An interesting article on Newman as "Doctor of the Church"

Not quite sure what I think of its main point though.

The article is by Nicholas Lash of Cambridge, and appears in the latest edition of America Magazine as “Waiting for Dr Newman”.

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25 Responses to An interesting article on Newman as "Doctor of the Church"

  1. Kiran says:

    Nicholas Lash ain’t one of the good guys. He was on the wrong side of a debate with Michael Dummett, when Dummett controversially, and rightly, pointed out that one might as well give up Christianity as determinedly disbelieve in such fundamental truths of the faith as the virgin birth. All in all, support from such a corner isn’t a good thing.

    • Schütz says:

      That’s kinda what I thought. IF Newman is made a Doctor of the Church, the next question will be “what Neman REALLY teaches”. I can jut see PE having a field day with that!

      Still, I agree on one thing that he writes: Newman was, as the Dean of St Paul’s wrote in his obituary, “one of the very greatest masters of English style”. Perhaps “Doctor of Style” could be a new Ecclesiastical title?

      • Kiran says:

        :-) I don’t think so, although, there probably never has been a darker age for rhetoric than today, and Newman was a master rhetorician.

        Newman saw himself as largely a redactor. There is somewhere a description of him praying for the grace not to be original.

  2. Terry Maher (Past Elder) says:

    Unless neurosis has taken on the odour of sanctity, I see no reason for the slightest consideration of him as a saint, let alone a Doctor of the Church.

    He was completely uncomfortable with the tradition of the Doctors of the Church, and rather, on becoming Catholic, than admit his deus ex machina of the Catholic Church to solve all neurotic anxiety doesn’t really square with what the Catholic Church is, invented a pure fantasy in which his personal mental construct of the Catholic Church could be maintained as against reality in a 19th Century Romantic reverie.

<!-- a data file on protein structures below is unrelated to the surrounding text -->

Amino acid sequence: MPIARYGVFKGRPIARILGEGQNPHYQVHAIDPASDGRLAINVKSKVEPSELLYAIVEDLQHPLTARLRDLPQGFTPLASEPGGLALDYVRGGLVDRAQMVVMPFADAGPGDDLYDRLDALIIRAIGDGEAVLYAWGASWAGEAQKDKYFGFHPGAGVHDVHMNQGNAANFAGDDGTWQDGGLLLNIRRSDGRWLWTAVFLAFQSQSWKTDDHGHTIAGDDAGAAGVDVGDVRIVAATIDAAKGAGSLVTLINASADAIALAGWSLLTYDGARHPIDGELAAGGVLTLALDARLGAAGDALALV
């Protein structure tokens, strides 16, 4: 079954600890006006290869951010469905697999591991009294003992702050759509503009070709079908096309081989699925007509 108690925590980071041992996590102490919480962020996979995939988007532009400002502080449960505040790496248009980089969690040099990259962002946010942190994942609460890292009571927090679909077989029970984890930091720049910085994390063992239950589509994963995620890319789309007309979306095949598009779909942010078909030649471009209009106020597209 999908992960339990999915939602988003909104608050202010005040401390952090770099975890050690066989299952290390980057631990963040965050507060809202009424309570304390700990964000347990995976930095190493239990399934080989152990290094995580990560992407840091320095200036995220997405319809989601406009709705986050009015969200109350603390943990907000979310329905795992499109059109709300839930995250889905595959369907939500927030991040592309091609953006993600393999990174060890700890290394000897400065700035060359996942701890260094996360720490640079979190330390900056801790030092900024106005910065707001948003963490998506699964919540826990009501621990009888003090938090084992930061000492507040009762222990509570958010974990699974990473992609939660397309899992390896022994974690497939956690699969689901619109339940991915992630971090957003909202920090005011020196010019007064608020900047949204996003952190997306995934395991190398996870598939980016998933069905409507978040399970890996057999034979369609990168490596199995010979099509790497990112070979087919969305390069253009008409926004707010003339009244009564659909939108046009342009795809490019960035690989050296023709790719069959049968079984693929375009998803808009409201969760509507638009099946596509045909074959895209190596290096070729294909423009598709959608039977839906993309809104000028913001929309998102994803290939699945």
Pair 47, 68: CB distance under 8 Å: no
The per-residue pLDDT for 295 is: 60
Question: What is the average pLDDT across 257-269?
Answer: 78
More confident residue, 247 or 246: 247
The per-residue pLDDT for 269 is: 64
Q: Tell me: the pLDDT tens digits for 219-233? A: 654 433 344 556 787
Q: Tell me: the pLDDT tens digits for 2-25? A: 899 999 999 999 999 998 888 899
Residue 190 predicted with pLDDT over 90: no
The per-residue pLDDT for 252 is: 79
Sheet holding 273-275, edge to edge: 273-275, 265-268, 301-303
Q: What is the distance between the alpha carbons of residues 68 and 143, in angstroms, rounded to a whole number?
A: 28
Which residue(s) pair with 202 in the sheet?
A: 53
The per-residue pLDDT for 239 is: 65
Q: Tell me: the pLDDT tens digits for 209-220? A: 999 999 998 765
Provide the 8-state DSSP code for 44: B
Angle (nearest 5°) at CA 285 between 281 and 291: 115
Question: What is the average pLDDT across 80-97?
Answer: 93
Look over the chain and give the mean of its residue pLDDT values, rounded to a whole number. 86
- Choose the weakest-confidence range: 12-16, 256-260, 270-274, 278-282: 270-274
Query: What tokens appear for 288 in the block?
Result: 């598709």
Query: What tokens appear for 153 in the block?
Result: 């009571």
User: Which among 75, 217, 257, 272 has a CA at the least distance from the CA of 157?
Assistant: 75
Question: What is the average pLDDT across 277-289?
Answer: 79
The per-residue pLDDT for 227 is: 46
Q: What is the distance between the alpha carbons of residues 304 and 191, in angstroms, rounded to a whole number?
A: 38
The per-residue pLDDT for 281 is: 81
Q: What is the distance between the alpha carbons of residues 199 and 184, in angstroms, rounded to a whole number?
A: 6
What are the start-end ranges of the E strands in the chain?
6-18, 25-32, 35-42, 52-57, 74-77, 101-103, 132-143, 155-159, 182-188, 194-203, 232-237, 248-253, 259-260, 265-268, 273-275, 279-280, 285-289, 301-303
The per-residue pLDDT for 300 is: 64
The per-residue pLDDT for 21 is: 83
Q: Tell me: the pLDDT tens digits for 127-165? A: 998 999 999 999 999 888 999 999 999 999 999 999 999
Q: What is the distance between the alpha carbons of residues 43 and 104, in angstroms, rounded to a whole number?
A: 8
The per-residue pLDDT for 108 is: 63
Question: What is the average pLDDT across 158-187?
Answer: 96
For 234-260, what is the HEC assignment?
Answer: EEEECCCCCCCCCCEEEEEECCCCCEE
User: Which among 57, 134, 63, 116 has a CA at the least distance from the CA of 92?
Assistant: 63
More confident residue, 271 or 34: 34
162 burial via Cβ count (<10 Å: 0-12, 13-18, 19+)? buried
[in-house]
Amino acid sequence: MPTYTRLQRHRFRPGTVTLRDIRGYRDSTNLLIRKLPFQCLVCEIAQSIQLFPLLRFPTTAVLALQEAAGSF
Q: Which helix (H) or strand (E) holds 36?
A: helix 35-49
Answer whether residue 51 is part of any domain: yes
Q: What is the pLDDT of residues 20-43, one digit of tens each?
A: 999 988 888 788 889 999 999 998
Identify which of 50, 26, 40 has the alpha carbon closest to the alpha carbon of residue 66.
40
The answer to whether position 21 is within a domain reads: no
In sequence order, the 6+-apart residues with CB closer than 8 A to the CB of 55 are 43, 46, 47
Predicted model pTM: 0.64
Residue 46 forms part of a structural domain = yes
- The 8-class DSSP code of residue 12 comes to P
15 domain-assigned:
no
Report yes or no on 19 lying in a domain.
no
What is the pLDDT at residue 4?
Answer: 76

Now it’s the order of the day, an utterly un-Catholic model of the Catholic Church.

    Behold, I will send you another Advocate and he will guide you in all things, but not before my Church becomes trapped in the aridities of neo-scholasticism swimming in clericalism, over-centralisation, creeping infallibility, narrow unhistorical theology, and exaggerated mariology, then scholars will emerge to resource you with the real deal even though my Church will oppose it only showing how my Advocate-scholars are the true teachers.

    • Kiran says:

      Neurosis does not take on the odour of sanctity, PE, any more than in the canonization of St. Jerome, anger and crotchetiness took on the odour of sanctity.

      And PE, I don’t think you of all people can claim to judge Newman, the translator of Athanasius, the historian of Arianism, and the man who started the Patristic revival in England, qua historian. Insofar as there are things you have said above, like much else you say, they are just things you say. Temper tantrums do not constitute an argument.

  3. Schütz says:

    Like a moth to the flame, PE. Sooooo predictable.